Though many other cannabinoids have been discovered and are being studied, the most commonly known cannabinoids — THC and CBD — surprisingly do not occur in significant concentrations in cannabis. In fact, their corresponding acids (THCA, CBDA, THCVA, CBDVA, CBCVA, etc.) are actually the predominant cannabinoids found in the plant. Due to their thermally unstable nature, the act of decarboxylation converts these acids into the cannabinoids we are most familiar with.

Decarboxylation is a chemical reaction; typically occurring when a molecule is exposed to light and heat (via smoking, baking, or refluxing), but is also possible via oxidation. Ingesting raw plant matter will not have the same effect as ingesting a product that has properly decarboxylated the cannabinoids.

THC (tetrahydrocannabinol)

THC is not found in a significant quantity in hemp or hemp byproducts, because by law, hemp products contain less than 0.3 percent THC. This is not enough to feel any effect of the THC. THC is psychoactive, defined as “affecting the mind,” and psychotropic, meaning it “affects mental activity, behavior, or perception, as a mood-altering drug.” THC is also intoxicating, which is medically defined as affecting “temporarily with diminished physical and mental control by means of (…) a drug, or another substance.”

So far, THC is the only cannabinoid that scientists have determined undoubtedly has intoxicating effects. Other cannabinoids that might be intoxicating are variants of THC, such as THCV, which is not present in significant quantities in commercial strains/products. This is a prime example of why dosage matters: THCV in lower doses act as a CB1 receptor antagonist (does not produce a ‘high’ effect). At higher doses, it can switch, behaving as a CB1 agonist, much like THC (in higher doses it can produce a psychoactive buzz). The possible benefits of THC are dependent upon things such as dosage, consumption method, consumption pairings, and body chemistry.

CBD (cannabidiol)

CBD is non-intoxicating, as it has no diminished effect of physical and mental control. However, CBD is psychoactive, despite the common misconception that it is “non-psychoactive.” This molecule actually does affect the mind. If CBD were a non-psychoactive molecule, it would not be capable of the various forms of mental relief that have been noted. Psychoactive does not mean “high.” The possible benefits of CBD are dependent upon things such as dosage, consumption method, consumption pairings, and body chemistry.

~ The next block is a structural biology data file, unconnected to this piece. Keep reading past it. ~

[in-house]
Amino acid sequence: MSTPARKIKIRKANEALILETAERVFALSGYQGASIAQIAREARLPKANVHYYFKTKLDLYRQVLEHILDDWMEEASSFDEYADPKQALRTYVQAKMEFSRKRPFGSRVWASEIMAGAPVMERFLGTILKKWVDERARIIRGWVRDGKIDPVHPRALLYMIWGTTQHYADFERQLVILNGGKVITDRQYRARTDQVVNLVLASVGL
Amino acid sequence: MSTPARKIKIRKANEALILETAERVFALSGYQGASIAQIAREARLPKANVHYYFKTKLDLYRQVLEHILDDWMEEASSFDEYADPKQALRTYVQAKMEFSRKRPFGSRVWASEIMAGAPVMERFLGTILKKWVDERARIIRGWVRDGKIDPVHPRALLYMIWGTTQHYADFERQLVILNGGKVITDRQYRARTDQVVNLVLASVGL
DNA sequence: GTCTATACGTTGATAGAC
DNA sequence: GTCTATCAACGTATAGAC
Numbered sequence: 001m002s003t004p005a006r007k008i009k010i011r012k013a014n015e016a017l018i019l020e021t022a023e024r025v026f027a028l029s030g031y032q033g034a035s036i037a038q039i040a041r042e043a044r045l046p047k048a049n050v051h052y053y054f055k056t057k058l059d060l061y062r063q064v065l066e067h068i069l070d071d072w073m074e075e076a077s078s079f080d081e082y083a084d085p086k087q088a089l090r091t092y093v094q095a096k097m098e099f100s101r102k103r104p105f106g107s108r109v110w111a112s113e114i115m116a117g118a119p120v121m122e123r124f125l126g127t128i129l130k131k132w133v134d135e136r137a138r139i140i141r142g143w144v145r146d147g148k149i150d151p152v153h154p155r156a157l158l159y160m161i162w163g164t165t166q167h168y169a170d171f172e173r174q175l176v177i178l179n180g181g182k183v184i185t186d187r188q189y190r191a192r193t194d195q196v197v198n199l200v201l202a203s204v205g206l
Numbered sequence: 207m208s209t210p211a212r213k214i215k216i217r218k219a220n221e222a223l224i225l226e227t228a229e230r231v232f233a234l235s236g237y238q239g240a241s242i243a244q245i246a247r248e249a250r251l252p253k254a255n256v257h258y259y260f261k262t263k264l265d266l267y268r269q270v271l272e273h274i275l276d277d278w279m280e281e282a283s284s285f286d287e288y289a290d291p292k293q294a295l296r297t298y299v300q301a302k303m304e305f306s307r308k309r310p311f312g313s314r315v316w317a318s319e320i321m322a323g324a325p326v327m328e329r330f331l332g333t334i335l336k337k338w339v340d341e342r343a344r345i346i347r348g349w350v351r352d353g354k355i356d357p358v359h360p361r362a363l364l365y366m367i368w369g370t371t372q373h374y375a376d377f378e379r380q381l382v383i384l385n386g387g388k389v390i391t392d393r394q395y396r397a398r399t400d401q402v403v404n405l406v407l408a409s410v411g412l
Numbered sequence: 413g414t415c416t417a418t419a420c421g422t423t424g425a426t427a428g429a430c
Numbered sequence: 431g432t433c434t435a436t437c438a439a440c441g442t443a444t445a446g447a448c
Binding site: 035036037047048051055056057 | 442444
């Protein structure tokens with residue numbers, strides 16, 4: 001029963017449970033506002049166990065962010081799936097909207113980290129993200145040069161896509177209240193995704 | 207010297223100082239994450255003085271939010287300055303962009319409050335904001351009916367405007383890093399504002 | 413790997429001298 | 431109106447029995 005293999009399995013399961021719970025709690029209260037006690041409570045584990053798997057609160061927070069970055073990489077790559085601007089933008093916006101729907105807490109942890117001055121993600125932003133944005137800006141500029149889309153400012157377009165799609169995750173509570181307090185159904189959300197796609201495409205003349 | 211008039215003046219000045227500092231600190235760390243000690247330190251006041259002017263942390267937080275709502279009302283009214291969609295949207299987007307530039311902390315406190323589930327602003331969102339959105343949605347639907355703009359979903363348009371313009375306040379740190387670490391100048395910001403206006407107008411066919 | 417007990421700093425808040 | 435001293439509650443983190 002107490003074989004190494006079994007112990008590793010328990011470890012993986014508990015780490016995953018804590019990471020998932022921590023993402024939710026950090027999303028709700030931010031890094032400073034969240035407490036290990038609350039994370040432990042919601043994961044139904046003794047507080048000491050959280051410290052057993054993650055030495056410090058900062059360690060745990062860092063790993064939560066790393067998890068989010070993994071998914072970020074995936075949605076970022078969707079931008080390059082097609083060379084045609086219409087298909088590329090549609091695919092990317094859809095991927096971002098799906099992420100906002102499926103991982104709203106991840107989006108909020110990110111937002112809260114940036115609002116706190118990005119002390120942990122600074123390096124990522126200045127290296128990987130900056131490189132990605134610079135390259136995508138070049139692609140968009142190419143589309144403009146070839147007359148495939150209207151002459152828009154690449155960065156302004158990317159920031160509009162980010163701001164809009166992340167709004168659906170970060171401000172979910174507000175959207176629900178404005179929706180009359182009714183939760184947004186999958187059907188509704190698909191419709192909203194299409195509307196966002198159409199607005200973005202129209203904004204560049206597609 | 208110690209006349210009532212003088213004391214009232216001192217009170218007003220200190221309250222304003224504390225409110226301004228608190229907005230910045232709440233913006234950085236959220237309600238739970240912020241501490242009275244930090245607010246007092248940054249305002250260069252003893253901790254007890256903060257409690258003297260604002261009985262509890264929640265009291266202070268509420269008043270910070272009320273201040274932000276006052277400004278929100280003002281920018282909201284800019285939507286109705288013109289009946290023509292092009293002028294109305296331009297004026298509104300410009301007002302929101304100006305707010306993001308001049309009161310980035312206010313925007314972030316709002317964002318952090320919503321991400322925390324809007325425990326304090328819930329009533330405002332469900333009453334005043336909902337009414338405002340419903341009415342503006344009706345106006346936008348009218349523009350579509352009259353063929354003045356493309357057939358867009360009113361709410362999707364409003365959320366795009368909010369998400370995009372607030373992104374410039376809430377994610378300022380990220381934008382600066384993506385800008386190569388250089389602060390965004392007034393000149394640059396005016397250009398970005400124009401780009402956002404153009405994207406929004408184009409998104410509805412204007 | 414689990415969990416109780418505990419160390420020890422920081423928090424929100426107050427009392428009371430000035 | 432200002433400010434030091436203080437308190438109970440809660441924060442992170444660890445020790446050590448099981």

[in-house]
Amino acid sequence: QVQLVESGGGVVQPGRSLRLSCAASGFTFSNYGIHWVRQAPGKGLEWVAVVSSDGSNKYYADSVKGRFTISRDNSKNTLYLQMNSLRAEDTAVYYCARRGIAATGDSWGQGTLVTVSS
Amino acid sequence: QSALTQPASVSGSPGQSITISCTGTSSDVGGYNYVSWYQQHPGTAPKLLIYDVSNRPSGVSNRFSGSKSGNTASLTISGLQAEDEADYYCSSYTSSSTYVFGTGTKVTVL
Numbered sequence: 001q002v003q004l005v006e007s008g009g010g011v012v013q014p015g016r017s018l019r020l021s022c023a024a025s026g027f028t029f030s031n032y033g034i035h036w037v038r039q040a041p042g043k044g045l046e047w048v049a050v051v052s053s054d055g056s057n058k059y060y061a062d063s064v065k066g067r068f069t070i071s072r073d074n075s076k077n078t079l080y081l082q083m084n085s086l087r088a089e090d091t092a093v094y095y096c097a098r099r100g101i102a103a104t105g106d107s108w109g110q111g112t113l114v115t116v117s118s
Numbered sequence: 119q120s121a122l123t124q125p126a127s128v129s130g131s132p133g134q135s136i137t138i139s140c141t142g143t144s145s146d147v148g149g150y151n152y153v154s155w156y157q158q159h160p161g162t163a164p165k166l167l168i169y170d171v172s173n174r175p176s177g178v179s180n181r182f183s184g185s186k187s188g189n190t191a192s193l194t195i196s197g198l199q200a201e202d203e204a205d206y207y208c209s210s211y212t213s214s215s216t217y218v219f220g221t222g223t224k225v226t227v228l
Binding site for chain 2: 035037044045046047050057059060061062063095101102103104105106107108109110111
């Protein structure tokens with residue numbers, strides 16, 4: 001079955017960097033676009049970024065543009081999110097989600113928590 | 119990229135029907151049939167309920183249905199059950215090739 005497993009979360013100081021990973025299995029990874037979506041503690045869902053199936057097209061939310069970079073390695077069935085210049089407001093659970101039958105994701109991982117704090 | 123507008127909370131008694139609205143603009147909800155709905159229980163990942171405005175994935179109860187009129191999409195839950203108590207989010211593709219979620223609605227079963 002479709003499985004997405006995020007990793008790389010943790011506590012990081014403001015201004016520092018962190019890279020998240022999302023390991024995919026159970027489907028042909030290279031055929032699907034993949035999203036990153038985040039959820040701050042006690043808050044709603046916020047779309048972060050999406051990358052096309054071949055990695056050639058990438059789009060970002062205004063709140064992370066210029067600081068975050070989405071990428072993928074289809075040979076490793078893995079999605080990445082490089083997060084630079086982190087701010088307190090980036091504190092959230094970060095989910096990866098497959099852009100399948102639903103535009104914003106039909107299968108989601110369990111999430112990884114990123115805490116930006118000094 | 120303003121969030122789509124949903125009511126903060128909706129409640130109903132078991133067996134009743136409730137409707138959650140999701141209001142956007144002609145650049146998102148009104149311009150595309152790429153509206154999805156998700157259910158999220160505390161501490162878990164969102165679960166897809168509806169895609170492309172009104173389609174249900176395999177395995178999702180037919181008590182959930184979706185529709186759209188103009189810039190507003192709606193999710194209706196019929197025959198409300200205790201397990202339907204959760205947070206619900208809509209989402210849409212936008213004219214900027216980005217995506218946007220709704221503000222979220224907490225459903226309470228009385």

Terpenes (“Terps”)

These major biosynthetic building blocks are best known as aroma/flavor compounds found in plants. A variety of therapeutic effects have been noted with various ingestion methods; aromatherapy being the most normative. Terpenes can be extracted from a plant and isolated as an “essential oil.” Terpenes can also be produced synthetically. Various extraction processes degrade the terpenes naturally present in hemp (and cannabis in general), so it’s quite common to see products with reintroduced terpenes. The customer has the right to know whether the terpenes present in any given product were naturally present and cannabis-derived, plant-derived or synthetically produced.

Cannabis-Derived Terpenes: Strain specific cannabis-derived terpenes are not identical across the board, due to phenotype and chemotype variation. It is believed that terpenes extracted from a cannabis plant will provide a more natural synergy, when reintroduced to cannabinoid profiles. However, terpenes extracted from cannabis plants are a pricey ingredient. Cannabis plants are less abundant than the collective amount of non-cannabis plants in the world. Ultimately, the return from extraction is also very low.

Plant or Fruit-Derived Terpenes Prominent terpenes that are found in cannabis also are naturally abundant in other plants, such as limonene in lemons, linalool in lavender, and beyond. Because it is typically less expensive to source terpenes from plants besides cannabis, plenty of companies boost their products — especially concentrates — with plant-derived terpenes. Until more research is done, it also won’t be clear if any medical benefits will vary if the terpenes are not cannabis-derived.

Synthetic Terpenes: Synthetic terpenes are produced in a lab by chemical manipulation and blending. The full effects of consuming synthetic terpenes, especially when smoked, have not been studied.

Flavonoids